"Religious Leaders vs. Members: An Examination of Contrasting Views on Immigration"
"In contrast to many national religious leaders who are lobbying for increases in immigration numbers, a new Zogby poll of likely voters who belong to the same religious communities finds strong support for reducing overall immigration. Moreover, the poll finds that members strongly disagree with their leaders’ contention that more immigrant workers need to be allowed into the country. Also, most parishioners and congregants advocate for more enforcement to cause illegal workers to go home, while most religious leaders are calling for putting illegal immigrants on a path to U.S. citizenship. The survey of Catholic, mainline Protestant, born-again Protestant, and Jewish voters used neutral language and was one of the largest polls on immigration ever done."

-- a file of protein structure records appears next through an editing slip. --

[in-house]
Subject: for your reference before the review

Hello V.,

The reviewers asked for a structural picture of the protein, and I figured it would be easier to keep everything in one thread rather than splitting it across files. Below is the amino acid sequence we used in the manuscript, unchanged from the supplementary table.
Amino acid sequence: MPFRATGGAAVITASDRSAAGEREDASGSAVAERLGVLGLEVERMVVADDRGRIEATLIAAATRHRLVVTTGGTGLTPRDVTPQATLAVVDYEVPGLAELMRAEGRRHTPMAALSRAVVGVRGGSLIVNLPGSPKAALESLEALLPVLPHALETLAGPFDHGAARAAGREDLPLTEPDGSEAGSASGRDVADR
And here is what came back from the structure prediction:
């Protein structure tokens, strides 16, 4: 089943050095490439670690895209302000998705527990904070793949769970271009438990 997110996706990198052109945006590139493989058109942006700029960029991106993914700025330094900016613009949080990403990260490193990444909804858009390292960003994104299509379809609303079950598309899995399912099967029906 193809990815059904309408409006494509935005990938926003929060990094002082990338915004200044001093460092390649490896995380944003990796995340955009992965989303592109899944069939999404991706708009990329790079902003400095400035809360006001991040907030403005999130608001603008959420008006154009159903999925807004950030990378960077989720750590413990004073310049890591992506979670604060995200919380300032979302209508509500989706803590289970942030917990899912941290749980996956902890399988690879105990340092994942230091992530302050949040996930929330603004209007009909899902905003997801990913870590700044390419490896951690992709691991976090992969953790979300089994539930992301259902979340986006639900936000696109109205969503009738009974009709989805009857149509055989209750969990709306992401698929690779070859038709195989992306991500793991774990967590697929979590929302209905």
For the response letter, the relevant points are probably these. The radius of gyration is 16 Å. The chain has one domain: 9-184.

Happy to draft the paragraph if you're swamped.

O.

Childress, Rev. Edwin (Spring 2001)
"The Sojourner Argument"
"Many Americans find that the national leaders of their religious affiliations argue against reduction of immigration based in part on their interpretation of the biblical term "sojourner." The term, however, often appears to be misused."
Coulter, Ann (5/8/13)
"Beware of Liberals who come in Evangelicals’ clothing"
"Any Evangelical promoting the McCain-Rubio amnesty plan has the moral framework of Planned Parenthood. Like the abortion lobby, they have boundless compassion for the people they can see, but none for those they can’t see."
Edwards, James R., Jr. (6/4/13)
"Where Ought Christians Come Down on the Schumer-Rubio-Obama Amnesty"